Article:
Is Stripping Empowering?

July 17, 2018

I am not denying that some strippers may find their jobs empowering, but in my experience, stripping is no more or less empowering than any other job I’ve had.

Over and over, I hear that stripping is an empowering act for women and that it’s a sexually liberating thing to do for a job. It would appear that nudity in front of crowds of people shows a confidence that few others claim to enjoy. Many strippers also seem empowered by the way they control men, take money for the appreciation of their bodies, and shamelessly parade around in underwear and birthday suits, seemingly not caring.

I am not denying that some strippers may find their jobs empowering, but in my experience, stripping is no more or less empowering than any other job I’ve had.

So, I thought I’d do a bit of myth busting. This article is completely biased with my own opinions, but after four years in the clubs, I feel we need to stamp out the view that strip clubs are an inherent arena for female empowerment.

Is stripping sexually liberating?

Well, if I was sexually liberated I would be sexually free to do what turns me on. Drunk, rude, entitled men do not turn me on …especially, not on a 12-hour shift in a hot, sweaty room that smells of feet, Red Bull, and cheap perfume.

Sadly, when I’m at work I do not experience sexual freedom. The performance that I do is one that caters to heterosexual male desire. It is a cage of sexuality where other forms of gender performance are very rare.

Besides, I’m there to make money, not sexually liberate myself!

Sexual harassment is not empowering.

Not only do I have to deal with being touched by customers without consent while I’m at work, but by male members of staff as well. I’m lucky enough to have a big mouth and a bad attitude, that I can immediately invoke. However, there are plenty of girls who don’t say anything, and just let it go.

I don’t think I have to mention why this is not empowering.

It’s a job.

No one is talking about other jobs in this way. No one is asking if it’s inherently empowering to serve food or sell t-shirts. For a lot of us dancers, we go to work to make money. It’s our job, we take it seriously. No, we won’t go and get a ‘real’ job. Maybe I will be a stripper forever; I can do what I want.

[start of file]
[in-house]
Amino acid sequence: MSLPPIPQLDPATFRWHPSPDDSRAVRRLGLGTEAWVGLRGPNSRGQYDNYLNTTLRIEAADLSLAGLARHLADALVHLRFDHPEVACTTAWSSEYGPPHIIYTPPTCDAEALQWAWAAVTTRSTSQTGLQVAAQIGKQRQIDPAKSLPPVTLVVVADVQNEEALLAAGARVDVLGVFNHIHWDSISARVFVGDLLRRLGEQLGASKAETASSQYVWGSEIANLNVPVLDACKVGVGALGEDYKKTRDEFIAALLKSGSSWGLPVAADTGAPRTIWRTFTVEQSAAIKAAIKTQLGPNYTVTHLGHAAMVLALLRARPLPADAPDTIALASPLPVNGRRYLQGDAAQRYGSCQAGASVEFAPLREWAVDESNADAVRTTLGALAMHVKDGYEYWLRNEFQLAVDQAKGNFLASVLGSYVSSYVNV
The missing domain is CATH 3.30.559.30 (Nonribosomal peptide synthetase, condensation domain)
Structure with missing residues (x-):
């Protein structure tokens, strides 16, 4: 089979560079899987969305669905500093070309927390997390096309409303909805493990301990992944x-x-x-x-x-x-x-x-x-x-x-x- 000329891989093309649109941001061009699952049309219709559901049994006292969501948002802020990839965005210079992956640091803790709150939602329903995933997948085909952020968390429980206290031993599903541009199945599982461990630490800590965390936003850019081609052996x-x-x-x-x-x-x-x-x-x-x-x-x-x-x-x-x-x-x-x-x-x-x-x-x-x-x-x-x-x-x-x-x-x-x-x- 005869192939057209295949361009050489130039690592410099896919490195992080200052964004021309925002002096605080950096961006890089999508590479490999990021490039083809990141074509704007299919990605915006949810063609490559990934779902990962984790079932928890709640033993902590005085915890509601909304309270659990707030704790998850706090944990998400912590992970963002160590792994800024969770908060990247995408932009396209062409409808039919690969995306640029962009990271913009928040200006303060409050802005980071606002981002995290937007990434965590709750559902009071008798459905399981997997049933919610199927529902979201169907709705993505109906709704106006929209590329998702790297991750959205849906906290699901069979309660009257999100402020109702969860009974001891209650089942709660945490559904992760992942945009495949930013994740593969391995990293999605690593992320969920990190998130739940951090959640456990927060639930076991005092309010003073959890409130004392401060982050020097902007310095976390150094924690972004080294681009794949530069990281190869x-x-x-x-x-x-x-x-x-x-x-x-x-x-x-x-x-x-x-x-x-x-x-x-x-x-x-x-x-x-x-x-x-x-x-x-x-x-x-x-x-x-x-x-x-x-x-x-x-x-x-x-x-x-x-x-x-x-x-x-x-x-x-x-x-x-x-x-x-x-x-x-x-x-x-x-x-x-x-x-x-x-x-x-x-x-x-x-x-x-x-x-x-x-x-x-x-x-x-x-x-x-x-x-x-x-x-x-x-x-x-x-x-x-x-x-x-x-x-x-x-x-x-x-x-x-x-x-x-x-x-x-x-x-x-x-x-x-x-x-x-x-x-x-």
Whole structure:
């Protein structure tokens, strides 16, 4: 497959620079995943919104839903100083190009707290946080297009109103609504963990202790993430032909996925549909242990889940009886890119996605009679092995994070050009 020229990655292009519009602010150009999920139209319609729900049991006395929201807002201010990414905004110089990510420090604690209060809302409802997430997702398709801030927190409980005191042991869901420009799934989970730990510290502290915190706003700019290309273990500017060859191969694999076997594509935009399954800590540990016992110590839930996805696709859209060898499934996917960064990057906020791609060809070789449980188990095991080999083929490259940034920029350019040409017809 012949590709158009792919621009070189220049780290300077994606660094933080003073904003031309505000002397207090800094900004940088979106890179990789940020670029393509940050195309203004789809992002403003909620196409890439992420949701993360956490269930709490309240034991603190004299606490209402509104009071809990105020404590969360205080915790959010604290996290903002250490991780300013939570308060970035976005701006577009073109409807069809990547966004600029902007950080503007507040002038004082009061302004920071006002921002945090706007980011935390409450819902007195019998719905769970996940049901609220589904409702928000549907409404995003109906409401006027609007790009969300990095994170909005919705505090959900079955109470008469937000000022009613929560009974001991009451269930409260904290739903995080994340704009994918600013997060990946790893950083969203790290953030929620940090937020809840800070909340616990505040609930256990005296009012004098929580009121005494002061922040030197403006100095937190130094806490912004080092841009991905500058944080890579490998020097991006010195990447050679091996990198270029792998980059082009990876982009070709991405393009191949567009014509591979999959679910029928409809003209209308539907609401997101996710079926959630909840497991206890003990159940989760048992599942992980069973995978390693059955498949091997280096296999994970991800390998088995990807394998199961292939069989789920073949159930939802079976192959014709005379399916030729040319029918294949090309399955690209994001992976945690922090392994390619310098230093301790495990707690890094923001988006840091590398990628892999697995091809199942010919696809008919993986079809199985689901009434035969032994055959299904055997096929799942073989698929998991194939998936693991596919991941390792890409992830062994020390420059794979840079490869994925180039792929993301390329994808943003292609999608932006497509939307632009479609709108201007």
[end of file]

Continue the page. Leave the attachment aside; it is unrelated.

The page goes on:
It’s hard work.

Finally, being a stripper in a club is hard work. It takes a lot from you, and it takes a strong person to stick it out. It is tiring having the same conversation 100 times or more a night, while wearing seven-inch heels, and not being allowed even a 20-minute break sometimes. This is not empowering, it is hard work.

I’ve seen this job completely destroy people. I’ve also met all of the women I admire in the clubs though.

As well as all of the other points I’ve made, stripping in clubs still happens in a controlled environment where it is mostly managed by men or women who think they are somehow better than their employees. Dancers face discrimination and suffer stigma in, and out, of work. I know I wouldn’t put this job on my resume, because of all the challenges I would likely face.

So really, it isn’t the stripping itself that is empowering. What’s empowering is the confidence you build, the money you may make, and the community of women which become a support group. These factors may empower someone, or make an individual feel empowered, but for Christ’s sake, please stop saying it’s the actual stripping.

Image via thehunt.com.


This story originally appeared on Slutty Girl Problems, a sex-positive, feminist website.

Follow us on Twitter and Facebook and check out these related stories:

Can a Woman Be a Feminist and a Stripper?
4 Tips from a Stripper to Spice Up Your Sex Life
The Slutty Girl’s Strip Club Primer

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